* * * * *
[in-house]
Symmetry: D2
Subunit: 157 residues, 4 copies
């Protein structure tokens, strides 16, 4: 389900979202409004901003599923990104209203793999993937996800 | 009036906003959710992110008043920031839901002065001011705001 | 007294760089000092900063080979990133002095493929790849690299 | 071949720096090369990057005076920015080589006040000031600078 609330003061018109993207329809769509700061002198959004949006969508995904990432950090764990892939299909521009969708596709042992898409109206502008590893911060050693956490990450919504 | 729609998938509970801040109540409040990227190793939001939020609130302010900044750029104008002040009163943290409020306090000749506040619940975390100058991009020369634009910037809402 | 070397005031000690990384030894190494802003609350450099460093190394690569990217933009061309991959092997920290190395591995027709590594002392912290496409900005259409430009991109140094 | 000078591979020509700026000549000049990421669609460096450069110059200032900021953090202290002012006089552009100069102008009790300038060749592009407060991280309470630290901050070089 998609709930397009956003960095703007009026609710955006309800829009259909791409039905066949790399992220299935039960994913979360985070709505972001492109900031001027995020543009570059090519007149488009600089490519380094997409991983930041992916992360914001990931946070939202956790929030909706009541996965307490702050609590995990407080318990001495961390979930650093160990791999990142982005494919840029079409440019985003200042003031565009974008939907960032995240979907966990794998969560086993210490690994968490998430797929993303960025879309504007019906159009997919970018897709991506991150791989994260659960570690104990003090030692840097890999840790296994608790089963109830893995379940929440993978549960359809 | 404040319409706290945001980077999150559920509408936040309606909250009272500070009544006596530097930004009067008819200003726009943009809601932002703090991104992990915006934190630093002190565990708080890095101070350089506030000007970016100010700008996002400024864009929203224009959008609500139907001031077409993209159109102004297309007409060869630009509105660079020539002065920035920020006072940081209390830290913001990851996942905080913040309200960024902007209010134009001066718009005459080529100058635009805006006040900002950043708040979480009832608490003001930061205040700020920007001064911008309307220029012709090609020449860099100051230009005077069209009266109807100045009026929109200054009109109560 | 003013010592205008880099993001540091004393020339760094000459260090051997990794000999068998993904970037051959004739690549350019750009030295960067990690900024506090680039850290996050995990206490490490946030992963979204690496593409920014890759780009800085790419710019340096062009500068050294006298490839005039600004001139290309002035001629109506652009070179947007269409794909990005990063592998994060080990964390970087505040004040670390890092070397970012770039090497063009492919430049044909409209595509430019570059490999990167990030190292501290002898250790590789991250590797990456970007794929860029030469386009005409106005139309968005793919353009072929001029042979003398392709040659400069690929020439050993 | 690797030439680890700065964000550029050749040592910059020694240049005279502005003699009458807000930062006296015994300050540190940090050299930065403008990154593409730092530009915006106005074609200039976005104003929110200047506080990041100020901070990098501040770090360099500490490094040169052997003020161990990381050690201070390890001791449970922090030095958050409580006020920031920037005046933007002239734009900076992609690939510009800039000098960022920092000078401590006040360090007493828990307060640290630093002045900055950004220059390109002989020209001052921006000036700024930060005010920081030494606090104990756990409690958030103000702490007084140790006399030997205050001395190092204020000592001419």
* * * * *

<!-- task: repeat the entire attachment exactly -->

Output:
[in-house]
Symmetry: D2
Subunit: 157 residues, 4 copies
């Protein structure tokens, strides 16, 4: 389900979202409004901003599923990104209203793999993937996800 | 009036906003959710992110008043920031839901002065001011705001 | 007294760089000092900063080979990133002095493929790849690299 | 071949720096090369990057005076920015080589006040000031600078 609330003061018109993207329809769509700061002198959004949006969508995904990432950090764990892939299909521009969708596709042992898409109206502008590893911060050693956490990450919504 | 729609998938509970801040109540409040990227190793939001939020609130302010900044750029104008002040009163943290409020306090000749506040619940975390100058991009020369634009910037809402 | 070397005031000690990384030894190494802003609350450099460093190394690569990217933009061309991959092997920290190395591995027709590594002392912290496409900005259409430009991109140094 | 000078591979020509700026000549000049990421669609460096450069110059200032900021953090202290002012006089552009100069102008009790300038060749592009407060991280309470630290901050070089 998609709930397009956003960095703007009026609710955006309800829009259909791409039905066949790399992220299935039960994913979360985070709505972001492109900031001027995020543009570059090519007149488009600089490519380094997409991983930041992916992360914001990931946070939202956790929030909706009541996965307490702050609590995990407080318990001495961390979930650093160990791999990142982005494919840029079409440019985003200042003031565009974008939907960032995240979907966990794998969560086993210490690994968490998430797929993303960025879309504007019906159009997919970018897709991506991150791989994260659960570690104990003090030692840097890999840790296994608790089963109830893995379940929440993978549960359809 | 404040319409706290945001980077999150559920509408936040309606909250009272500070009544006596530097930004009067008819200003726009943009809601932002703090991104992990915006934190630093002190565990708080890095101070350089506030000007970016100010700008996002400024864009929203224009959008609500139907001031077409993209159109102004297309007409060869630009509105660079020539002065920035920020006072940081209390830290913001990851996942905080913040309200960024902007209010134009001066718009005459080529100058635009805006006040900002950043708040979480009832608490003001930061205040700020920007001064911008309307220029012709090609020449860099100051230009005077069209009266109807100045009026929109200054009109109560 | 003013010592205008880099993001540091004393020339760094000459260090051997990794000999068998993904970037051959004739690549350019750009030295960067990690900024506090680039850290996050995990206490490490946030992963979204690496593409920014890759780009800085790419710019340096062009500068050294006298490839005039600004001139290309002035001629109506652009070179947007269409794909990005990063592998994060080990964390970087505040004040670390890092070397970012770039090497063009492919430049044909409209595509430019570059490999990167990030190292501290002898250790590789991250590797990456970007794929860029030469386009005409106005139309968005793919353009072929001029042979003398392709040659400069690929020439050993 | 690797030439680890700065964000550029050749040592910059020694240049005279502005003699009458807000930062006296015994300050540190940090050299930065403008990154593409730092530009915006106005074609200039976005104003929110200047506080990041100020901070990098501040770090360099500490490094040169052997003020161990990381050690201070390890001791449970922090030095958050409580006020920031920037005046933007002239734009900076992609690939510009800039000098960022920092000078401590006040360090007493828990307060640290630093002045900055950004220059390109002989020209001052921006000036700024930060005010920081030494606090104990756990409690958030103000702490007084140790006399030997205050001395190092204020000592001419």